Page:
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Hoffmann, R. A wiki for the life sciences where authorship matters. Nature Genetics (2008)

Identification, characterization, and cloning of a phosphonate monoester hydrolase from Burkholderia caryophilli PG2982.

The glyphosate-degrading bacterium, Burkholderia caryophilli PG2982, was observed to utilize glyceryl glyphosate as a sole phosphorus source. The hydrolysis of glyceryl glyphosate to glyphosate by a phosphonate ester hydrolase (PEH) was identified as the first metabolic step in the mineralization pathway. This observation provides the first biological role for a phosphonate ester hydrolase activity. Purified PEH enzyme hydrolyzed several phosphonate esters including p-nitrophenyl phenylphosphonate, beta-naphthyl phenylphosphonate, and 5-bromo-4-chloro-3-indolyl phenylphosphonate. The purified PEH also hydrolyzed some phosphodiesters including p-nitrophenyl 5'-thymidine monophosphate and p-nitrophenyl phosphorylcholine. The most catalytically efficient substrate identified was bis-(p-nitrophenyl) phosphate with a Km of 0.9 mM and a kcat of 6.2 x 10(2) min-1, suggesting that the enzyme may also function in vivo as a phosphodiesterase. The native enzyme was a homotetramer of 58-kDa subunits and exhibited a pI of 4. 2. The enzyme activity had a pH activity optimum of 9.0 and was stimulated 14-fold by Mn2+ ions, but a metal cofactor was not essential for activity. N-terminal and tryptic fragment amino acid sequences were obtained from the purified PEH protein and used to clone the B. caryophilli PG2982 gene, designated pehA. The unique substrate specificity of the enzyme and potential use as a novel conditional lethal gene in plants are discussed.[1]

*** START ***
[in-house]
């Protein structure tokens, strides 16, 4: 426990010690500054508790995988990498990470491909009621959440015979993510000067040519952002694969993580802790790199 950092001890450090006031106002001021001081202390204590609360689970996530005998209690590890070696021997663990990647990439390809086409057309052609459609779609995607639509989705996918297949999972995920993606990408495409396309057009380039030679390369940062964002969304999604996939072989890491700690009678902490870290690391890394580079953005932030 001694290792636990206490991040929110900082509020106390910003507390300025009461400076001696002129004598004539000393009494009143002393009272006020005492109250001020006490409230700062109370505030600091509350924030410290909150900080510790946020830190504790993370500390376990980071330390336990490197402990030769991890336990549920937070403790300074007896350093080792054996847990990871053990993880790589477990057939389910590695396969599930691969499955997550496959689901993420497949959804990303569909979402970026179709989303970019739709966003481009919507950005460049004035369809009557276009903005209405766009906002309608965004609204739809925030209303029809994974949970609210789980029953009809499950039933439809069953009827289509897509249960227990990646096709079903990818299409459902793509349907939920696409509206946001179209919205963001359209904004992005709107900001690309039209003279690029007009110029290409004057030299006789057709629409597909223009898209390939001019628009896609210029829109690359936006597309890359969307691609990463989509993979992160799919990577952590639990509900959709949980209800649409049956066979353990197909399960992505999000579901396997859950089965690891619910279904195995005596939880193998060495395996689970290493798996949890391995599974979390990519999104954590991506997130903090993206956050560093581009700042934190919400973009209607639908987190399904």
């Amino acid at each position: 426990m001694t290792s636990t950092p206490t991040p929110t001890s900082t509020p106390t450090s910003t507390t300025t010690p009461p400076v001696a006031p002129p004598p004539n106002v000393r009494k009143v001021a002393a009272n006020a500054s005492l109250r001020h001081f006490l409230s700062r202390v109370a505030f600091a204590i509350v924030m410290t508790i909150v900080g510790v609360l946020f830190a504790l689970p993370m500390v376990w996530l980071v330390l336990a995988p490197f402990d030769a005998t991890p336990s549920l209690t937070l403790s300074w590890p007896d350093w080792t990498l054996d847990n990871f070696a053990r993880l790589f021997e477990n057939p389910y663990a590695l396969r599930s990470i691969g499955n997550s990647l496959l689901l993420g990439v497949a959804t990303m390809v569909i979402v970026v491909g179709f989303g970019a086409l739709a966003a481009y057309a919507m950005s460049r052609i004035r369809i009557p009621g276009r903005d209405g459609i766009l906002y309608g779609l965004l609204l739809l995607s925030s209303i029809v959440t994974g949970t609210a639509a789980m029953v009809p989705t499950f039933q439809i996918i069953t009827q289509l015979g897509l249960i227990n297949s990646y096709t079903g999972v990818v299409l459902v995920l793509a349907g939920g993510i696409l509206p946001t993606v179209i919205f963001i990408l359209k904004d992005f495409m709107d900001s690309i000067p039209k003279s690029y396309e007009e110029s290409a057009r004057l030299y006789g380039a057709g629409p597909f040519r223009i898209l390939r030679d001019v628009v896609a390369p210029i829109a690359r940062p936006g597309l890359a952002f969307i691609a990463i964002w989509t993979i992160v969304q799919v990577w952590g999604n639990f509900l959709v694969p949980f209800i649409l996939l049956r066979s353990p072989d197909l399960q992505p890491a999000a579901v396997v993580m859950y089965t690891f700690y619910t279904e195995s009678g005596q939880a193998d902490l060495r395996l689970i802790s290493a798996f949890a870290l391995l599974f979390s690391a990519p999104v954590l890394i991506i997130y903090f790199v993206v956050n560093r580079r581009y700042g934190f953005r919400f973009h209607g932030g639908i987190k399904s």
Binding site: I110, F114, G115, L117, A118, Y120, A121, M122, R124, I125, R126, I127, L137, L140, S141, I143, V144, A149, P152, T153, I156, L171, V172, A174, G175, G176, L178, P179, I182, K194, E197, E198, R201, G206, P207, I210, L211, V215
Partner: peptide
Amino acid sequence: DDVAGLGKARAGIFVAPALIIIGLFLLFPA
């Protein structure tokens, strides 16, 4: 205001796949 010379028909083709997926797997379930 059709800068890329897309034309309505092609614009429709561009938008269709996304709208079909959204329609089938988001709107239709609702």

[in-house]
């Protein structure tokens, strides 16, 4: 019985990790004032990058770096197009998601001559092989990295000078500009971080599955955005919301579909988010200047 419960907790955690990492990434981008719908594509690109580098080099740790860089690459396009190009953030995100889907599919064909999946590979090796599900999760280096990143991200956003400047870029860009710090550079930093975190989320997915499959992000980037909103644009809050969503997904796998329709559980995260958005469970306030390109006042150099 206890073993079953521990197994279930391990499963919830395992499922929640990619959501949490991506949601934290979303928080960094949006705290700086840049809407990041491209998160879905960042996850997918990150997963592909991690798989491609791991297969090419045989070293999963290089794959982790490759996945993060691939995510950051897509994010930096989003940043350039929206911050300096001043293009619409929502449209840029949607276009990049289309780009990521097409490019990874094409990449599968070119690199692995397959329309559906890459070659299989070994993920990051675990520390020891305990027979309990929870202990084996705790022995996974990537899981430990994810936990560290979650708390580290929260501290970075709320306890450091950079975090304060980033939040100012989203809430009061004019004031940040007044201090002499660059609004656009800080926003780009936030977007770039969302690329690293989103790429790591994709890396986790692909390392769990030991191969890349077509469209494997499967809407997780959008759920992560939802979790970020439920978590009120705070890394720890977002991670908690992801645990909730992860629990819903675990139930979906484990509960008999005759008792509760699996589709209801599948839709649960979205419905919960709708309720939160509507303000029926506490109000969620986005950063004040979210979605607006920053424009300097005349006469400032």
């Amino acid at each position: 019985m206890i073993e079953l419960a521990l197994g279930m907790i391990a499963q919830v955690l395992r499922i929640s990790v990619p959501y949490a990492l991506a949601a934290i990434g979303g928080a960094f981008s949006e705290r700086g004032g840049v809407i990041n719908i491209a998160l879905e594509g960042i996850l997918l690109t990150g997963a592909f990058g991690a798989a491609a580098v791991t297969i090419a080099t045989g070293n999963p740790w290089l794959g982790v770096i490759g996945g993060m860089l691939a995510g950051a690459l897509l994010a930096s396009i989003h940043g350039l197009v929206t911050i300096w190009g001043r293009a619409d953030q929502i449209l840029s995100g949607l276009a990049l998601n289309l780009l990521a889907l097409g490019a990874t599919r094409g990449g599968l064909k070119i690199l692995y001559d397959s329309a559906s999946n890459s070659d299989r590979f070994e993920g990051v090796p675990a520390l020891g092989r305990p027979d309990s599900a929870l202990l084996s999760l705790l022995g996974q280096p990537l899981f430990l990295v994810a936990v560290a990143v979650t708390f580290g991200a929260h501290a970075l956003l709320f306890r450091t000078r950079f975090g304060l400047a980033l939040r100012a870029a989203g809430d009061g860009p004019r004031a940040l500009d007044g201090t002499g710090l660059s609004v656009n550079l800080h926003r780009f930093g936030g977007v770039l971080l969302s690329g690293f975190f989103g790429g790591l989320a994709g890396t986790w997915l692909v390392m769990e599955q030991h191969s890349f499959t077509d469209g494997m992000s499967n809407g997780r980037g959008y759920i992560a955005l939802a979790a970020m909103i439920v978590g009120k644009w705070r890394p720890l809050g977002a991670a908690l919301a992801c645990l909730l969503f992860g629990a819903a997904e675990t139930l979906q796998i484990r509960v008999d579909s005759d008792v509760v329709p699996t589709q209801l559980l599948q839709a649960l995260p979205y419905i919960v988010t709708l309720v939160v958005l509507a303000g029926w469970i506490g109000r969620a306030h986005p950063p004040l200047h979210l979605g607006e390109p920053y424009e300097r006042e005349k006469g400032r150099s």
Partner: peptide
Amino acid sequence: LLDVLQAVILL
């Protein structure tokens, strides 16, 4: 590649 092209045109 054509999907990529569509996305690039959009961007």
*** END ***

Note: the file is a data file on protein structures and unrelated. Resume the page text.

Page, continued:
1. Identification, characterization, and cloning of a phosphonate monoester hydrolase from Burkholderia caryophilli PG2982. Dotson, S.B., Smith, C.E., Ling, C.S., Barry, G.F., Kishore, G.M. J. Biol. Chem. (1996) [Pubmed]
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